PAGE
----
Thanks to the generosity of several of our Member Congregations, our college-bound young people will also begin their journeys well-equipped. Each fall, our congregations hold Off to College drives to collect the necessary trappings of dormitory life. Each student is then presented with his/her own Off to College Kit. Packed into a laundry basket or storage tub they find vital gear like sheets, towels, clothing hangers, laundry detergent, school supplies, shower shoes and microwave popcorn.
Many of these young men and women have been involved with East End Cooperative Ministry since elementary school. We have watched them grow and learn and mature into confident adults and we share in their families’ joy as they take this next step.
Good luck, grads! Make new friends, have grand adventures and revel in your college experience. But, if at all possible, avoid ramen noodles.
Thursday, August 9, 2007
Of the many activities John has engaged in during his time as intern, perhaps the most interesting was the night that he spent undercover in our Men’s Emergency Shelter, posing as a homeless man to get an inside look at what our clients experience at the shelter.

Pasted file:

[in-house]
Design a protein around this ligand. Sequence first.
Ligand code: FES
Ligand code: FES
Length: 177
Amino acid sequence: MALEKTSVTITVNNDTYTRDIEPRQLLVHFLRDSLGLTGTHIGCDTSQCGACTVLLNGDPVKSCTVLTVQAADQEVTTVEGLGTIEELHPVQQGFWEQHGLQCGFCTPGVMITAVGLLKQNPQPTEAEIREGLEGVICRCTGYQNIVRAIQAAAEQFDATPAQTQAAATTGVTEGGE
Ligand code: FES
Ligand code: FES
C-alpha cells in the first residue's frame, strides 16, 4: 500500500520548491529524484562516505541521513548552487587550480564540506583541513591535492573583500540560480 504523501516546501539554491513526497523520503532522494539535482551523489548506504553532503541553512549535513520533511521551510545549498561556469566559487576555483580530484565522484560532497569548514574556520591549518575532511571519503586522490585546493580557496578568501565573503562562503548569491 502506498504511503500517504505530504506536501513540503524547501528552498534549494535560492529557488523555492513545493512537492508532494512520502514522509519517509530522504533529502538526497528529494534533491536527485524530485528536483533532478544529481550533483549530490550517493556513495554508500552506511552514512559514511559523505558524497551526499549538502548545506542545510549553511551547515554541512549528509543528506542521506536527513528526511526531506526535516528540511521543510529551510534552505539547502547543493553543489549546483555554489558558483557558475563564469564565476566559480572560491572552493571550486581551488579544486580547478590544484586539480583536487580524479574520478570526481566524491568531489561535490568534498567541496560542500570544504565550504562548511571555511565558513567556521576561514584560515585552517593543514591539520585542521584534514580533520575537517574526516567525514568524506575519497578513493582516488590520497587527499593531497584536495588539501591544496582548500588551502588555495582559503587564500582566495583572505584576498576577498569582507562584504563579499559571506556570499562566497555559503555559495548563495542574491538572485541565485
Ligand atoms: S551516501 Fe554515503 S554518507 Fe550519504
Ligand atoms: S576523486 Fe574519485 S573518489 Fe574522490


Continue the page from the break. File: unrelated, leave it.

“I must acknowledge the trepidation that I experienced prior to my 6:30 pm arrival at the shelter. I do not take lightly the circumstances in which these men live, but I wanted to experience their reality rather than assume that our desires, abilities and capacities are in alliance… I appeared to be among the first arrivals and I tried to appear confident and yet unassuming. I immediately took a seat which offered adequate visual exposure to all the interactions between the shelter monitors and the incoming visitors. I was very impressed with the overall functioning of the homeless shelter. The monitors appeared to engage the guests in a hospitable manner. Prior to dinner the guard suggested that we give thanks for the blessings of the day. Several visitors shared community service information with the group such as the location of free bus passes, shoes, clothing, and job services and we concluded with prayer.
Shortly after 9:00 pm I received a bed assignment and was supplied with clean linen and a bath towel. I had forgotten my toothbrush, but one was provided to me. At this point, I entered the chapel sleeping area with a bit of trepidation, as I sought bunk number five. Many of the other visitors were fast asleep, watching television or engaged in a political, social and religious dialogue with one of the monitors. I preferred to observe these interactions rather than engaging in them and soon fell asleep. I received breakfast the following morning and then headed out.
I briefly considered staying an additional night…however I chose sleeping comfort and bathing privacy over the communal living of the shelter.”